A recent study conducted by the Roswell Park Cancer Institute, looking into the incidence of different long-term diabetes treatment on the development of certain cancers in post-menopausal women, has found metformin to be the most effective at lowering cancer mortality.
The Assistant Professor of Oncology at Roswell Park, Zhihong Gong, teamed up with investigator Jean Wactawski-Wende from the Women’s Health Initiative to analyse information gathered on 145,826 women aged 50 to 79 years-old of 40 U.S. clinical centres in the course of five years of research led by the organisation back in 1993.
They found that the participants with diabetes were exposed to a 45% greater risk of death from invasive cancer overall than women without diabetes. And among women with diabetes, those managing their condition with metformin benefited from better survival rates for ovaria, colorectal and breast cancer, as a direct effect of prolonged exposure to the drug.
An insight into this came into from previous studies showing that cancer cells are able to grow and reproduce following the warburg anaerobic metabolic pathway whereby cancer cells defaults to using glucose to make ATP.
The reason for that being that this is that most cancers seem to have defects in their mitochondria preventing them from carrying out oxidative phosphorylation and resorts to glucose as their preferred fuel source
Additional retrospective studies taking into consideration factors such as body weight and other medications in diabetic patients who take metformin came to similar conclusions, and attributed the drug’s ability to inhibit cancer cells growth to the activation of an enzyme called AMP kinase, which plays a role in suppressing the production of glucose in the liver, from where it is released to the rest of the body.
This strategy is part of a paradigm shift that has come about in oncology where a way to treat and even prevent cancer would be to exploit this metabolic abnormality and reduce the bio availability of glucose to effectively starve cancer cells, either by exogenous means via a drug or through the diet. A variable that would need to be taken into consideration in further randomized controlled trials looking at the link between diabetes and cancer therapy. Low-carb ketogenic type-diets in particular are getting traction as complementary cancer treatment.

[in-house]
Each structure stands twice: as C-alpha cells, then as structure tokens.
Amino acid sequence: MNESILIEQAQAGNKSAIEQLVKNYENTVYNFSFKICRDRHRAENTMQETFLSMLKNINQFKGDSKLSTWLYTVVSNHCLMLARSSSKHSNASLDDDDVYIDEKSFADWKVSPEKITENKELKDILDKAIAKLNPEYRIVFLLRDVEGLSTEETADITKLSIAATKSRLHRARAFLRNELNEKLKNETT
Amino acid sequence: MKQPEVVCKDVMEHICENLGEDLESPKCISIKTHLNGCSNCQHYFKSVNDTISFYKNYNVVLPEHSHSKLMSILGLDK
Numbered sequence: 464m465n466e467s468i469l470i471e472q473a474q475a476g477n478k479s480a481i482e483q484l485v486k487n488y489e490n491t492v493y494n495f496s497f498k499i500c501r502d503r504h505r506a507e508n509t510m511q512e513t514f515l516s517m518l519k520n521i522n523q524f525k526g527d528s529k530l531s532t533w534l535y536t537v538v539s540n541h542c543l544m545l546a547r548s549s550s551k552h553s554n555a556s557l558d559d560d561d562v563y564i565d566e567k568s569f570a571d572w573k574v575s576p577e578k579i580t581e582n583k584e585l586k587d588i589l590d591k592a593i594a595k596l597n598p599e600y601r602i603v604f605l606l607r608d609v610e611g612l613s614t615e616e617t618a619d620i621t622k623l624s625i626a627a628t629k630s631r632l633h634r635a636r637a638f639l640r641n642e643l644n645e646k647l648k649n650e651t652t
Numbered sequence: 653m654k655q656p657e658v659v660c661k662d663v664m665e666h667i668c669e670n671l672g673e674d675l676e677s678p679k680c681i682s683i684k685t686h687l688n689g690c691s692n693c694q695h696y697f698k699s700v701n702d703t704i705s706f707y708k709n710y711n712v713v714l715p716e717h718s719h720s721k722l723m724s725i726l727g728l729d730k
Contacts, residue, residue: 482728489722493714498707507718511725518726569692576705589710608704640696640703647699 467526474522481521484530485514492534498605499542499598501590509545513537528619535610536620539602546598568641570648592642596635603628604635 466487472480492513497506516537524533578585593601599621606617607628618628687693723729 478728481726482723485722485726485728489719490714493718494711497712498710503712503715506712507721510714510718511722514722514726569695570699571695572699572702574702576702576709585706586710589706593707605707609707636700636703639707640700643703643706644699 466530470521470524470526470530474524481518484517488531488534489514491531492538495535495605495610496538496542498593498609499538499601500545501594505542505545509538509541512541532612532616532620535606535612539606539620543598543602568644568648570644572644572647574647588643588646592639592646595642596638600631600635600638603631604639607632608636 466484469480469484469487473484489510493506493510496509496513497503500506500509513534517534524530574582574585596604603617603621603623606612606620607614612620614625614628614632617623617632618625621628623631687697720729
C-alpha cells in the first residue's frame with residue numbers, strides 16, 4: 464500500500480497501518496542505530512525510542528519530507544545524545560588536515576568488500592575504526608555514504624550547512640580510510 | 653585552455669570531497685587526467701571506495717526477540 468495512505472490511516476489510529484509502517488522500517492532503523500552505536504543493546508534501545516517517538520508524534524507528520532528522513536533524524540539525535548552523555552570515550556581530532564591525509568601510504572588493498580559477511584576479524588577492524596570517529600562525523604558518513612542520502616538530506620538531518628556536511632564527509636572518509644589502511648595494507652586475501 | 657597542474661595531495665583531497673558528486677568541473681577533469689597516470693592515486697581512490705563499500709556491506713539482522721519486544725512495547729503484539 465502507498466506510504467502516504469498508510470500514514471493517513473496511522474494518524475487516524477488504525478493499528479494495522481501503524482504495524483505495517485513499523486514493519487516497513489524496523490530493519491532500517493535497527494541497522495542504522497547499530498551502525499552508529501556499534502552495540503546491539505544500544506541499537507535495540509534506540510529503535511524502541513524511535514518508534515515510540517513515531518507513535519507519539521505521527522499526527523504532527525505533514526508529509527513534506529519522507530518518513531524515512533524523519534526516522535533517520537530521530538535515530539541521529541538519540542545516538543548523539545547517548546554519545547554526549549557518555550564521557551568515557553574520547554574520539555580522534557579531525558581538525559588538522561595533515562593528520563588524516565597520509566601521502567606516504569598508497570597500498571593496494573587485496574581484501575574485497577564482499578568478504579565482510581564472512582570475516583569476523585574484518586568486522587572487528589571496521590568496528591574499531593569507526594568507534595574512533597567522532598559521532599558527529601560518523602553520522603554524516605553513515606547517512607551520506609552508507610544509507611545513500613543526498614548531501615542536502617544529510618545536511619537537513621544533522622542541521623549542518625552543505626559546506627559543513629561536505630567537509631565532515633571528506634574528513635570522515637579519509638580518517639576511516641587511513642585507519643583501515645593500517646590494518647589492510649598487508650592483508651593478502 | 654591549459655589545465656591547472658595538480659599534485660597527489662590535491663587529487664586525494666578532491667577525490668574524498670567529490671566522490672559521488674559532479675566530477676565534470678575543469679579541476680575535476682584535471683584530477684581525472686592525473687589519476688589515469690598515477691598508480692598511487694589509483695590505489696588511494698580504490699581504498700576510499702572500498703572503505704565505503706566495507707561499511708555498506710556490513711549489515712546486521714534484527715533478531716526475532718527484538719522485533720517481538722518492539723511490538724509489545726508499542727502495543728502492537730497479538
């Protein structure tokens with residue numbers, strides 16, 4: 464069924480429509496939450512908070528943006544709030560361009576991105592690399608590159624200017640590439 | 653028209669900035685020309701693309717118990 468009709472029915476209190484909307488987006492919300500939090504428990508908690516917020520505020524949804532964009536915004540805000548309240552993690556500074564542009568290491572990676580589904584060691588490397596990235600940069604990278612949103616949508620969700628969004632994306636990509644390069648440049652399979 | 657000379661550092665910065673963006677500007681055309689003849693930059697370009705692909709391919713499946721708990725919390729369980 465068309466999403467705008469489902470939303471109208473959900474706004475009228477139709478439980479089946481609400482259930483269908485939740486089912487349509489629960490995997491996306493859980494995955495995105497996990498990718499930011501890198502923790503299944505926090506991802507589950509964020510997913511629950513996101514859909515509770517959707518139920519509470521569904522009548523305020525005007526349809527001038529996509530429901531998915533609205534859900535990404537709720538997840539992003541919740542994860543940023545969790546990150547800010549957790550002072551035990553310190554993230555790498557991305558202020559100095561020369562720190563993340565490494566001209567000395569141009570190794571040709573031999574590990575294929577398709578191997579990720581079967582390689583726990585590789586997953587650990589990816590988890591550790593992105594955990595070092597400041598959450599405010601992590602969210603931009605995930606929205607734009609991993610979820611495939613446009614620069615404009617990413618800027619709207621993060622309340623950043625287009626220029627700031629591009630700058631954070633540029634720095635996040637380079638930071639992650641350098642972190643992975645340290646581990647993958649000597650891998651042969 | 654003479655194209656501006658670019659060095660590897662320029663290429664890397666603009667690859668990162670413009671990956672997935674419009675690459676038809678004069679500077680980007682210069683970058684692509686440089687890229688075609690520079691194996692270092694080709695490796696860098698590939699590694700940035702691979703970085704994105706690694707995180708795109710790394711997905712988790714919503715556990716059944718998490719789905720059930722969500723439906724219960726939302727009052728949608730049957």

For the time being researchers say further studies are needed to clarify the long-term impact of metformin on cancer risk as, from a purely scientific perspective, correlation doesn’t always imply causation.
The results provided by this study alone do not enable us to draw clear conclusions as to what mechanism specifically drive better cancer outcomes, whether it is because the glucose levels of patients taking metformin were lower or because they needed less insulin. Insulin and insulin-like growth factor (IGF-1) could also influence cancer growth in people with defective IGF-1 receptors, or it could be that caloric restriction (often synonymous with glucose restriction) induced by reduced cravings as a result of normalised blood sugar with metformin is what keeps cancer at bay too.
At any rate, the evaluation of the therapeutic efficacy of glucose and/or insulin reduction via the diet is gaining momentum and other clinical trials are underway investigating the metformin effect on other forms of cancer (endometrial, cervical, prostate, pancreatic, colon) sensitive to this metabolic effect.

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